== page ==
French football teen sensation Kylian Mbappe gave his World Cup 2018 tournament match fees to charity. Photo: Stephane Mahe/Reuters
French football teen sensation Kylian Mbappe gave his World Cup 2018 tournament match fees to charity. Photo: Stephane Mahe/Reuters
Why can’t more SA players make a difference in the lives of the less fortunate? asks Rodney Reiners.
Why can’t more SA players make a difference in the lives of the less fortunate? asks Rodney Reiners.

CAPE TOWN – I was again struck by the need for footballers to think beyond their own egos and focus on contributing to making a difference in the lives of others. 

Last week Wilfried Zaha penned an extension to his contract at Crystal Palace - worth about £130 000-a-week - and, at the same time announced that, ever since he started as a professional, he has been giving 10 percent of his salary to charity.

At the recently-completed 2018 World Cup in Russia, teen sensation Kylian Mbappe gave his tournament match fees to charity; so, too, did the whole of the England squad. At the 2014 World Cup in Brazil, Mesut Ozil donated his match fees to fund the surgery of 23 Brazilian children. The much-maligned Mario Balotelli, too, is just as generous - and half his salary goes to various charities. 

Mohamed Salah is currently one of the world’s best footballers, but he, too, is committed to improving the lives of his countrymen, with the building of a hospital and a school in the area where he comes from in Egypt. 

These are but a few examples; there are many others in international football devoted to projects to alleviate the suffering of others.

In the same way, in a country such as South Africa, in which there are many people struggling to make ends meet, in which so many are not sure where their next meal will come from, local footballers have a responsibility to give back. Many of these players come from the same backgrounds, they understand the struggle, which is why it is vital that they try to make a difference, no matter how small.

There are those who are already doing their bit, like Siphiwe Tshabalala, Reneilwe Letsholonyane, Kagisho Dikgacoi, Thabo September, Lucas Radebe, Aaron Mokoena, George Lebese and Steven Pienaar - again, just to mention a few (forgive me if I miss a name). 

But the point I’m trying to make is to the younger, emerging footballers, who think that, as soon as the big contract has landed, that it is time for a big SUV, the fancy Porsche, luxurious mansion and all the material trappings money can buy. It is important to remember where you come from - because, as the saying goes, “you make a living by what you get, but you make a life by what you give”.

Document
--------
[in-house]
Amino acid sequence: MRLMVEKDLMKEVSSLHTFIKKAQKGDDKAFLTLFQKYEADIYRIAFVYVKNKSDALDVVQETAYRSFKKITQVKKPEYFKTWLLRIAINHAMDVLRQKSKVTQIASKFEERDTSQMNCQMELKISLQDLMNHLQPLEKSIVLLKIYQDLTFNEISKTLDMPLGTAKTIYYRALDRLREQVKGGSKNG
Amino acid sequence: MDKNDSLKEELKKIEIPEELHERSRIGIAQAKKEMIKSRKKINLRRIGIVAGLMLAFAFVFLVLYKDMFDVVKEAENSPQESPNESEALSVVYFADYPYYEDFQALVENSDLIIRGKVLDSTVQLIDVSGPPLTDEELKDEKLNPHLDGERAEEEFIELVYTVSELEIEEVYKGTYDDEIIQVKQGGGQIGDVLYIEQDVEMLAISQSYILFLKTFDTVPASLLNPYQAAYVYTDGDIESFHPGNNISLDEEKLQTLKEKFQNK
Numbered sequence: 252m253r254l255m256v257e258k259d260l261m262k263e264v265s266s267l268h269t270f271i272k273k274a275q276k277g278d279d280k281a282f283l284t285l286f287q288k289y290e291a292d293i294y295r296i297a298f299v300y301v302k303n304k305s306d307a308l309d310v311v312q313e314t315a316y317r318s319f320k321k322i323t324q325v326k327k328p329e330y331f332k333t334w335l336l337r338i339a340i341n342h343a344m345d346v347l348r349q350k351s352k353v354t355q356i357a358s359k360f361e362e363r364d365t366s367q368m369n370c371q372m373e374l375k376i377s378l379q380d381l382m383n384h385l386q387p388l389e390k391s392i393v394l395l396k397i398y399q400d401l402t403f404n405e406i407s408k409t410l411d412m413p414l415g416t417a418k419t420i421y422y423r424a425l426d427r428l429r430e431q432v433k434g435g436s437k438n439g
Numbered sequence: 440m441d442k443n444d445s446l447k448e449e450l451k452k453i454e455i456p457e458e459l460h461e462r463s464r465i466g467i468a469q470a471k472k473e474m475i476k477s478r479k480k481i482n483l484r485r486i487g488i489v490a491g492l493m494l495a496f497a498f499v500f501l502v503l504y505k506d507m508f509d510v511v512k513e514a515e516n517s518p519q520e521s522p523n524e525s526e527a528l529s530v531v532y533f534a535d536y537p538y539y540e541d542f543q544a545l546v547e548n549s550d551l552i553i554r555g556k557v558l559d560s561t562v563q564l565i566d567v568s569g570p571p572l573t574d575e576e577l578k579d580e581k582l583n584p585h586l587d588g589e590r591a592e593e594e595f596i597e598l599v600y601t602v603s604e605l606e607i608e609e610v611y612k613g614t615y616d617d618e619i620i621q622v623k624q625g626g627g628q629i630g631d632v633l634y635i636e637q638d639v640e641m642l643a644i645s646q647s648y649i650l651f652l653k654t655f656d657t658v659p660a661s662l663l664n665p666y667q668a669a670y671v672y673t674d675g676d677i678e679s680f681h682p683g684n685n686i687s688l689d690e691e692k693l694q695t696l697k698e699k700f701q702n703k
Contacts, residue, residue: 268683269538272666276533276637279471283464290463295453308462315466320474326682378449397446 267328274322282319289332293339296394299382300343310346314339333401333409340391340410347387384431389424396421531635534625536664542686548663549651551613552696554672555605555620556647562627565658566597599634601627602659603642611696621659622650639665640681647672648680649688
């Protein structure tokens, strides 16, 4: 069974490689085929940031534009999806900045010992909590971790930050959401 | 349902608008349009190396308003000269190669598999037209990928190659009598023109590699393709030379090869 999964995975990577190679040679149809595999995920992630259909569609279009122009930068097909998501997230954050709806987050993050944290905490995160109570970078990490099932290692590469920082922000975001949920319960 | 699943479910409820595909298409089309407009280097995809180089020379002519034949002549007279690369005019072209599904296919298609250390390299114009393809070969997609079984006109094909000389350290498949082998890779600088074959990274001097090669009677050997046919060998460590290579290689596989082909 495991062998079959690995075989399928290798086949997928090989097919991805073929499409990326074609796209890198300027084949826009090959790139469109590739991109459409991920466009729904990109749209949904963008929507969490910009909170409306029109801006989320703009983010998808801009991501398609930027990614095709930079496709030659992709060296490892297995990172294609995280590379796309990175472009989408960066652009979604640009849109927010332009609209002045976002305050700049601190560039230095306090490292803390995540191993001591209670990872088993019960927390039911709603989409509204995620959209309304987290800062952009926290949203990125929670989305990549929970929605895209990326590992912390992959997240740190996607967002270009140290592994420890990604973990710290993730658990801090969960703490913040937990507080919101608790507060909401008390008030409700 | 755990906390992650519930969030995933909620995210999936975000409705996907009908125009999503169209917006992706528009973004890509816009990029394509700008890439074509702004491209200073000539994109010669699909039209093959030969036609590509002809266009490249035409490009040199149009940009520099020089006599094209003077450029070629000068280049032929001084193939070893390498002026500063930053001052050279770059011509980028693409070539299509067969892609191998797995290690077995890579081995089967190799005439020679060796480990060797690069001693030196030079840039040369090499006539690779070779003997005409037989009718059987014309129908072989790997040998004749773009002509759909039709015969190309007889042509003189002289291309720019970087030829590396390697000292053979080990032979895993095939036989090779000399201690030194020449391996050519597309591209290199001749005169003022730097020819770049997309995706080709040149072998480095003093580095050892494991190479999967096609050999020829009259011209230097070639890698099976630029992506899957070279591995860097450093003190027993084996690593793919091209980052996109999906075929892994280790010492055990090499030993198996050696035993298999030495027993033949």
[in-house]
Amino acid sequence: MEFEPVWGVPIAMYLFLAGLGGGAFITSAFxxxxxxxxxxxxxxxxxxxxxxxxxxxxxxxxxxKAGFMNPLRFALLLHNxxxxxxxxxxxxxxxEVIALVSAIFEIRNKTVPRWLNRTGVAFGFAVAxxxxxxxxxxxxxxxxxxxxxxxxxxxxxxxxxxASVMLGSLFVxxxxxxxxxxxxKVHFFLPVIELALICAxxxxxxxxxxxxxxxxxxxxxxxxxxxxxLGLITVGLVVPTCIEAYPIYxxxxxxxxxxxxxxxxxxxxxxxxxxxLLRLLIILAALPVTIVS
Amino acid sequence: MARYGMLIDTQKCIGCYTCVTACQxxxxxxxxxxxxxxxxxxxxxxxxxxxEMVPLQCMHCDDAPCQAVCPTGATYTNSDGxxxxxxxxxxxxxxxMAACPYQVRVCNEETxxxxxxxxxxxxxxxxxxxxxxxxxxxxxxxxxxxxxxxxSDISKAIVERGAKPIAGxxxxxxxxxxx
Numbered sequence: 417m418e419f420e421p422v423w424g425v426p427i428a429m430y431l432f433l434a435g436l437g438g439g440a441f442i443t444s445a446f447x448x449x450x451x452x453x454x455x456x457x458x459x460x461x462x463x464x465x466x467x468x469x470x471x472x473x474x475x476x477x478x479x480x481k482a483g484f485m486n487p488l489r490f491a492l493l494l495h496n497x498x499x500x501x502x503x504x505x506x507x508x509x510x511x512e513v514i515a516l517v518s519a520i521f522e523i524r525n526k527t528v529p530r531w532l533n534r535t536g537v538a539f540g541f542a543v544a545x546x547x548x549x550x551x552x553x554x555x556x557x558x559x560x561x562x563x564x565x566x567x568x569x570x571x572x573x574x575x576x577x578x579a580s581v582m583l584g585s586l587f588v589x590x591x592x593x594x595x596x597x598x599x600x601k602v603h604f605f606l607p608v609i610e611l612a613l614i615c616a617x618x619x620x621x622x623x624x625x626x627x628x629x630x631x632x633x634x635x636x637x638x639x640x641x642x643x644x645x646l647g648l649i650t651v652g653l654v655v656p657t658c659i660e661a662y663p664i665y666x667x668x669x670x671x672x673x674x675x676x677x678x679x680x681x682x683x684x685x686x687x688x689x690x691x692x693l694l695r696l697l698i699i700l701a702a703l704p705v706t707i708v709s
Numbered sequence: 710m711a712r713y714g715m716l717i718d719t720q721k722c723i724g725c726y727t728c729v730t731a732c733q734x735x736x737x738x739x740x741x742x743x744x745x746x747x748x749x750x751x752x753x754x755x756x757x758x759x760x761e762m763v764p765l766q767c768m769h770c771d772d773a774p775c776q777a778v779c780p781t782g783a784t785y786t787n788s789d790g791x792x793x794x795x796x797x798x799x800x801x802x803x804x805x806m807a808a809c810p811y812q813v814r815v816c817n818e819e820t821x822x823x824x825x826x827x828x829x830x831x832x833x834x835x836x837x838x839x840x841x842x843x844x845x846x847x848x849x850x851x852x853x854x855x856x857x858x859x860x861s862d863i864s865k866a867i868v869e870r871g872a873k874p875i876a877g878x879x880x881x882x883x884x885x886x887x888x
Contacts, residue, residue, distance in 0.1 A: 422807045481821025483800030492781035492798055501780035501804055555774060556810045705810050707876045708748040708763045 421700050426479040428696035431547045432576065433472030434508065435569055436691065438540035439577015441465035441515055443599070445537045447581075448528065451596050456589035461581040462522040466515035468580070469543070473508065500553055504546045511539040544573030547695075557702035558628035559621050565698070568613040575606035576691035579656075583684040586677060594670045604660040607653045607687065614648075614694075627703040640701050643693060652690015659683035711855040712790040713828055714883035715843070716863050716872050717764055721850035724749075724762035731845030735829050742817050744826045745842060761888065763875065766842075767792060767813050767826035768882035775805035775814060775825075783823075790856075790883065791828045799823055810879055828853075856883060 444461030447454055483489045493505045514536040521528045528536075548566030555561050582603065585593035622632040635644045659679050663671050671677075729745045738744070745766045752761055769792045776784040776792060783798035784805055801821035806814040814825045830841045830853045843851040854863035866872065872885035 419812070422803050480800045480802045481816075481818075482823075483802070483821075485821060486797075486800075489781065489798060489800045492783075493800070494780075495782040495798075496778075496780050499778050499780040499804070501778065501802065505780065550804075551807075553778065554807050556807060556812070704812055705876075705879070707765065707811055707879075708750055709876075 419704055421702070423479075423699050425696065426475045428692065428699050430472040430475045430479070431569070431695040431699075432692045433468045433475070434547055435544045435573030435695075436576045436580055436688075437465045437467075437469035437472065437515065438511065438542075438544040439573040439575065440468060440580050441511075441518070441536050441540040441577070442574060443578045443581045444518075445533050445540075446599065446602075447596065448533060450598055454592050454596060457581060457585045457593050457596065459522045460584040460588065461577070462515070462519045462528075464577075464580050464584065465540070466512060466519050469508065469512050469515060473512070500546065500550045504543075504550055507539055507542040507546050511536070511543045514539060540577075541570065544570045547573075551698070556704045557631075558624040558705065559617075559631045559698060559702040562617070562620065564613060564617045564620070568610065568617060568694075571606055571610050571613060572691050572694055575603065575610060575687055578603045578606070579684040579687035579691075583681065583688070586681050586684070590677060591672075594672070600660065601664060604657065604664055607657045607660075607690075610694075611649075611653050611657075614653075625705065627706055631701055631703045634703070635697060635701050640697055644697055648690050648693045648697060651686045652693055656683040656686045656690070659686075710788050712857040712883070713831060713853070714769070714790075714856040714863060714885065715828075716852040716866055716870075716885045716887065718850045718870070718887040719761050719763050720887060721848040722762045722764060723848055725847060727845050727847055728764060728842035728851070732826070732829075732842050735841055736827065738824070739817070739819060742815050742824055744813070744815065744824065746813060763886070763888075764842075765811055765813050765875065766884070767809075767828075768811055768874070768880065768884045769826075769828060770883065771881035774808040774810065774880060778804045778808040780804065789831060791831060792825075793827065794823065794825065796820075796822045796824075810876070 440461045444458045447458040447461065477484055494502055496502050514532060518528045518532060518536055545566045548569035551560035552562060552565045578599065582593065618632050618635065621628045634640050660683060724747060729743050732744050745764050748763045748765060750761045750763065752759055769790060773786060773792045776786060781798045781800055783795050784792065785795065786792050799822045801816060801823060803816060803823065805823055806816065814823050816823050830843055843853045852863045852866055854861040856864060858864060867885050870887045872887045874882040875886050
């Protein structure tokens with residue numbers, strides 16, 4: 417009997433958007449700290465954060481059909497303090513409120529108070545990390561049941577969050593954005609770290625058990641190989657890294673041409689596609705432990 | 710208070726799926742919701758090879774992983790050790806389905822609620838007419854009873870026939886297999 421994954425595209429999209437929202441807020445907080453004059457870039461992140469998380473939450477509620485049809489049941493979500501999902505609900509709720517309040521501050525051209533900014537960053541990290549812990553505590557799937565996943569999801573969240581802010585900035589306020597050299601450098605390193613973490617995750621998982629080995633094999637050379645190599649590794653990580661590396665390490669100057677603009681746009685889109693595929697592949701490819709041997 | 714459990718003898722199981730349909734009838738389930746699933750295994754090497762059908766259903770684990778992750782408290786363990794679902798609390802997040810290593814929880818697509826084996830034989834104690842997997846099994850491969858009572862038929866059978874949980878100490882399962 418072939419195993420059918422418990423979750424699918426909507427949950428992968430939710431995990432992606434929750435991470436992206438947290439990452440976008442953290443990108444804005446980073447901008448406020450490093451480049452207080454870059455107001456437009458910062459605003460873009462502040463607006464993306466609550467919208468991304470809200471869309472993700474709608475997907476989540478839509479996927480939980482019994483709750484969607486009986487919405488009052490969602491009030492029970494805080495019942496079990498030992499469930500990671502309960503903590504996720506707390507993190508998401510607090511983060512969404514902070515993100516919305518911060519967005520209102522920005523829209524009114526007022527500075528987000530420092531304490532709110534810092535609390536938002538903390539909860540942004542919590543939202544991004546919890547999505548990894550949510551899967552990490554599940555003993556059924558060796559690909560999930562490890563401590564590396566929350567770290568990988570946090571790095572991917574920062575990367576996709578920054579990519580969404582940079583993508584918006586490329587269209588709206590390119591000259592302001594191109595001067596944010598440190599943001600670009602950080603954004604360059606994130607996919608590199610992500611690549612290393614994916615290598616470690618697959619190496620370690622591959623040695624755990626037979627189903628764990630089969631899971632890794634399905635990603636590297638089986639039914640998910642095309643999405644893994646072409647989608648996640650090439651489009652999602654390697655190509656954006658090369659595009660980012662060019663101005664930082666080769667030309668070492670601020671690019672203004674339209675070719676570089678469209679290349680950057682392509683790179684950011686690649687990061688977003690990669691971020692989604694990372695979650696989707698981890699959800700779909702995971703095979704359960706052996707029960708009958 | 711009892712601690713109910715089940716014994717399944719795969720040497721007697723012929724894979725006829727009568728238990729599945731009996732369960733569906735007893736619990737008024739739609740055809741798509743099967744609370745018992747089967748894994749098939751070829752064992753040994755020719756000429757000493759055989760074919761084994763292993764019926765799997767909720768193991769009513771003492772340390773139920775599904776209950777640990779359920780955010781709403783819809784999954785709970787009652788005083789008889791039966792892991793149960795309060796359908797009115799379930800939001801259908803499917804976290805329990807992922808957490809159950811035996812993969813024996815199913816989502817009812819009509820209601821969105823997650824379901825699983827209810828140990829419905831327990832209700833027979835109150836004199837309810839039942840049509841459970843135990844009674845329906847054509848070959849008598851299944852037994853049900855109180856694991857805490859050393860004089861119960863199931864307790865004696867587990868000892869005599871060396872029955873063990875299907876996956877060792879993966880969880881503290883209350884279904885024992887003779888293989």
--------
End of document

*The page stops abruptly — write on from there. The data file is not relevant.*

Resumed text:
While football salaries in SA cannot be compared to Europe, they are astronomical when compared with the ordinary South African in the street and their daily wrestle to put bread on the table. With the obscene amounts of money local football now attracts, it’s customary for the top players to be earning between R100 000 to R700 000 a month. Yes, you heard it right: in SA. And please remember that SA is awash with opportunities to make a difference.

So how difficult is it for players to donate even one percent of their salary to a charity of their choice? Why can they not identify a gifted, but needy student and sponsor their journey through university? Far too often, local footballers only sponsor and attach their names to a football tournament, but this is just more egotistical posturing. 

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In the long run, how does a hungry child become a good player? Why can players not plough some of their money into feeding schemes which look after the basic nutritional needs of children on a daily basis? 

And what about education? Footballers always seem to want children to be footballers, like they are. But what about schools? What about investing in inspiring children to be doctors, engineers, architects, accountants, scientists and the like? And, in this way, changing their circumstances and their destiny.

I’m sure there are many players actively involved in making a difference to the lives of people around them. 

But there also many who are doing nothing and simply watching the carnage of poverty and struggle: this column is directed at them.


Cape Argus

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